That night, we got up for a 2:00AM hike to Sincholagua. The first 2 miles on grassy doubletrack, and 3 miles on a good western ridgeline to the north side of the mountain. On the way, we passed our intended campsite, where somebody erected the words "Feliz Amigos" out of large stones. As we reached the north side, morning daylight lit up the landscape and we finally got some really good views of Cotopaxi, Ruminahui, Tunguragua (blowing smoke), Guagua and Rucu, and Cayambe. Chimborazo was hidden behind Coto. The last mile was Class 3-4 loose rock, above 15,000'. The warm morning air was quite favorable for us. It was just like climbing Longs Peak in the summer. To get to the summit, from the north, we had to reach the ridgeline between the first and second rock buttresses from the north, skirt the east side of the second buttress, and climb up more loose rock on the third "main" buttress, to about 40 feet below the summit. From its north side, we hauled out our ropes, helmets, and harnesses, and finished our accent up mostly solid Class 5.2 rock, using a running belay from on top. We all displayed our mastery of technical R. C. as all nine of us reached the less than 20 square feet of summit, at 16,050'. I got a little dizzy when I looked over the ~2000 foot vertical drop on the south side. After a quick lunch, we rapped back down and hiked back to camp under continuing favorable warm weather. Elloy waited for us to break camp and usher us back to Quito.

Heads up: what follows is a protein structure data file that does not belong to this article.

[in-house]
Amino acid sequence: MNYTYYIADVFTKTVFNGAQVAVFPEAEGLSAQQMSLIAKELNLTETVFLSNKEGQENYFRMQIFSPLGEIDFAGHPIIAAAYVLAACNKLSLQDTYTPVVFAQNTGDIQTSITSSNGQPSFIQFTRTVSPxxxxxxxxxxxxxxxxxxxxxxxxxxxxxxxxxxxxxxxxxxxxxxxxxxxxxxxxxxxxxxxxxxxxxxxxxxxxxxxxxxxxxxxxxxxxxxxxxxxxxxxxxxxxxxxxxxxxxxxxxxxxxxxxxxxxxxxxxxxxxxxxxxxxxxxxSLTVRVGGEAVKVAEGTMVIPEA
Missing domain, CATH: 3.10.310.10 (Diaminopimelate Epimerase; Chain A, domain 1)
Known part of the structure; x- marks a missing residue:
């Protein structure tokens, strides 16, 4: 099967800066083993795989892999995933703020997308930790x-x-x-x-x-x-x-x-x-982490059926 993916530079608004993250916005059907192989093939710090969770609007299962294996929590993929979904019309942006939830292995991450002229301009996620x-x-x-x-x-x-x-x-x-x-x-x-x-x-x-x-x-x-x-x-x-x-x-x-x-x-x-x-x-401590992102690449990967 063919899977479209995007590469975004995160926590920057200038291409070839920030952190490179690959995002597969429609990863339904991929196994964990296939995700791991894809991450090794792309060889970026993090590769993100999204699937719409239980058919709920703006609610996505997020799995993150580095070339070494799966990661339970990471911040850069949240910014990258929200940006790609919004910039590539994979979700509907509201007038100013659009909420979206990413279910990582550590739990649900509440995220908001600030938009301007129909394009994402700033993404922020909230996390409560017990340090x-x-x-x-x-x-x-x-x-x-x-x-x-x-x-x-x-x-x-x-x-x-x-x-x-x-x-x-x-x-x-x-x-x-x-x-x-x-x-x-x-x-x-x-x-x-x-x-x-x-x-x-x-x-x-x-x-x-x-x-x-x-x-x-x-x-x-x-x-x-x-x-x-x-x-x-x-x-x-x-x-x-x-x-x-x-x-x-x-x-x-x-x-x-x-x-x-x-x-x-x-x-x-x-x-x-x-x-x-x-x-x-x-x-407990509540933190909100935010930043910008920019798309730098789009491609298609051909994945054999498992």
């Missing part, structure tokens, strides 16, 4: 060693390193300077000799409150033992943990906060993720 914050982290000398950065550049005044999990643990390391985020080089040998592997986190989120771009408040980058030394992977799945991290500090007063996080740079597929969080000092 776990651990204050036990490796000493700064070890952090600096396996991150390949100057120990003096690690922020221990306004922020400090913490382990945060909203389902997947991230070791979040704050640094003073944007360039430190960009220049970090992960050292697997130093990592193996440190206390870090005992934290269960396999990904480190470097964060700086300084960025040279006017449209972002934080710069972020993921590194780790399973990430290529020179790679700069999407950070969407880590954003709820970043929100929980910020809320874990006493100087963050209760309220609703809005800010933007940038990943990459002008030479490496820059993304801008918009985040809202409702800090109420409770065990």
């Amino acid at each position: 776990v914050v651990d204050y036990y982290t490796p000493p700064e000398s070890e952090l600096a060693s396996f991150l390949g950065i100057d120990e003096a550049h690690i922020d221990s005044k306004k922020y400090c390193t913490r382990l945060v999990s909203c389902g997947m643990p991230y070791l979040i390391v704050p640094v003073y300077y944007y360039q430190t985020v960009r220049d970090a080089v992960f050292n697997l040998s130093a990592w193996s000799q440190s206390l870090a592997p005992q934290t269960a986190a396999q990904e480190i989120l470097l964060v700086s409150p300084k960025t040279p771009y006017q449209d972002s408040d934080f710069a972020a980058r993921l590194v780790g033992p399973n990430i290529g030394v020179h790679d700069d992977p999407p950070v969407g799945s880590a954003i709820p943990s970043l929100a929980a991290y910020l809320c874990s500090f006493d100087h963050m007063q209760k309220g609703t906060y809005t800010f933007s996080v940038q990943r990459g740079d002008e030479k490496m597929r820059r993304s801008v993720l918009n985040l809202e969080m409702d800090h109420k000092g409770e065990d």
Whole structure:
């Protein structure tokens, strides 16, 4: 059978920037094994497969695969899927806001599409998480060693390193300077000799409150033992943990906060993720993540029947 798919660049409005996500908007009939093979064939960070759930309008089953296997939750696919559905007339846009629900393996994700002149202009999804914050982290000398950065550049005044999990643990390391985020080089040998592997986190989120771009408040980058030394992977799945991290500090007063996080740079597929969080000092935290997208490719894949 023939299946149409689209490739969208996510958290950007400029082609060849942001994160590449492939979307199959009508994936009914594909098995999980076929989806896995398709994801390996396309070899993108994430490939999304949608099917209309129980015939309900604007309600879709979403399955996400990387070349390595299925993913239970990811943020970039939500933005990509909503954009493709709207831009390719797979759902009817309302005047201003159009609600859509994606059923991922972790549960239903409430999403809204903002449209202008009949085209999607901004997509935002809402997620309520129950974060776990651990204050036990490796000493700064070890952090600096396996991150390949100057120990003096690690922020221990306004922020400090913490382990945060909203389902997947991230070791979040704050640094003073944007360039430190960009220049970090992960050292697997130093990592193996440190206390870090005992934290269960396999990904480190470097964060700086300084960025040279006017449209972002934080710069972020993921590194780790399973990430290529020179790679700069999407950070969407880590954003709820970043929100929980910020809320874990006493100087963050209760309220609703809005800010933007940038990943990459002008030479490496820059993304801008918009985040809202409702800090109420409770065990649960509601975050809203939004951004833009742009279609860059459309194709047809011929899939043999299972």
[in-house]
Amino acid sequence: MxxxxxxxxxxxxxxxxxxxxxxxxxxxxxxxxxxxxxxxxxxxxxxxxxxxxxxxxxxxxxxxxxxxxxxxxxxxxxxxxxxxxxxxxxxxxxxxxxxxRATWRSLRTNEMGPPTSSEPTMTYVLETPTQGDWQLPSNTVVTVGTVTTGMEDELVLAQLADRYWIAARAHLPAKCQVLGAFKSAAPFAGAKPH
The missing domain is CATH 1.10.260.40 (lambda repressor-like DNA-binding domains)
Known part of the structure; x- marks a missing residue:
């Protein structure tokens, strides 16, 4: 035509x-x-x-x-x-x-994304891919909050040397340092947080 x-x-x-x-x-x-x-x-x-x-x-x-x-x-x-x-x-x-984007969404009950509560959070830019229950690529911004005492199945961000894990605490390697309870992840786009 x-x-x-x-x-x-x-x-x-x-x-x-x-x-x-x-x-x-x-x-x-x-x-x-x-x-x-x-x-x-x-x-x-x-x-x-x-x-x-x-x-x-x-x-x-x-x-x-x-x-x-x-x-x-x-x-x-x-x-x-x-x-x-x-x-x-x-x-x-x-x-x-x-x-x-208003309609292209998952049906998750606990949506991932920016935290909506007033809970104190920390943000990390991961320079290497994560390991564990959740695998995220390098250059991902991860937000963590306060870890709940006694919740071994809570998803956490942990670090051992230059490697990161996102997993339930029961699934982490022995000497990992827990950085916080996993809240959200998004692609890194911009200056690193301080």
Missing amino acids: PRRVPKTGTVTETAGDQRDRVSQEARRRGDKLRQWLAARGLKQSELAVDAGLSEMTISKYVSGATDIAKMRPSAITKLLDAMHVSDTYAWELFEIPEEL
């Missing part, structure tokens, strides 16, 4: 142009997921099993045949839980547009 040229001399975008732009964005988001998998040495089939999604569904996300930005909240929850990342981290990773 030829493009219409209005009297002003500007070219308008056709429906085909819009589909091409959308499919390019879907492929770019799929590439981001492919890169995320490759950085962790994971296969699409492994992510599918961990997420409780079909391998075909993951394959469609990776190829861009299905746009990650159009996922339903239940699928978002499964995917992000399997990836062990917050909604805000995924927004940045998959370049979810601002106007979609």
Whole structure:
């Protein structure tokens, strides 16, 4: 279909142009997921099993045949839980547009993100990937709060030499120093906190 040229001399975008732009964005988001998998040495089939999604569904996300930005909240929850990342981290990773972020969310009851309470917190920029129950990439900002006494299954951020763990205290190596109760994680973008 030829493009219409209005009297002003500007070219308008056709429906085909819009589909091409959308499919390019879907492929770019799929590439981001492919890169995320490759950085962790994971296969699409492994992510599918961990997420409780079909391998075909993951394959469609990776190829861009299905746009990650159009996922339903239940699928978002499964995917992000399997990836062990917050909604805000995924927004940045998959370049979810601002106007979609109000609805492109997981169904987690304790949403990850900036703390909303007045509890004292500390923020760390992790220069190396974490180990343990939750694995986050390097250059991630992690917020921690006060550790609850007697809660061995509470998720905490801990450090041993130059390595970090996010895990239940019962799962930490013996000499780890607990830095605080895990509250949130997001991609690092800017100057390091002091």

Since it was New Year's Eve, we had the fortune opportunity of seeing the locals prepare for night-long festivities, as we made our way back to the hotel. This includes the igniting of fireworks, the street burning of rubbish and haybag effigies of old men ("the old year"), and crossdressing men begging for donations ("the widows of the old men").

Antisana 5,758 m (18,890'). The road to the trailhead, which goes east out of Quito and through the town of Pintag, was a lot better than the roads on the previous two climbs. But, our friend Elloy and his van still could not get us all the way in. We did have a second vehicle (4x4 Landcruiser) to carry our gear and our leader in, however. So, on Tuesday (New Year's Day), we had a pleasant walk across the tundra to where the 4x4 decided to stop, about 1.5mi/1500' from our sought after campsite, ate lunch, and packed full gear the rest of the way. As this was all going on, I was trying to recover from a bad case of diarrhea from the night before. I had a bad night's rest, did not eat breakfast or lunch, and "bonked" (low glucose) upon reaching camp, after crawling my way up. The site (15,500'), nestled in the rocks just below the glacier's base, had room for our five tents, and then some. The water in the nearby runoff stream was very silty. But, cleaner water could be found about a 1/2 mile up at the edge of the glacier. The weather did not amount to more than drifting clouds and a warm occasional breeze. The mountain, and its summit became visible in the evening. I was very impressed, and somewhat nervous. The number and apparent size of crevasses on its west face was more than I had ever seen (ex. Compared to Mt Rainier's Emmons Glacier). But, I felt I could do it.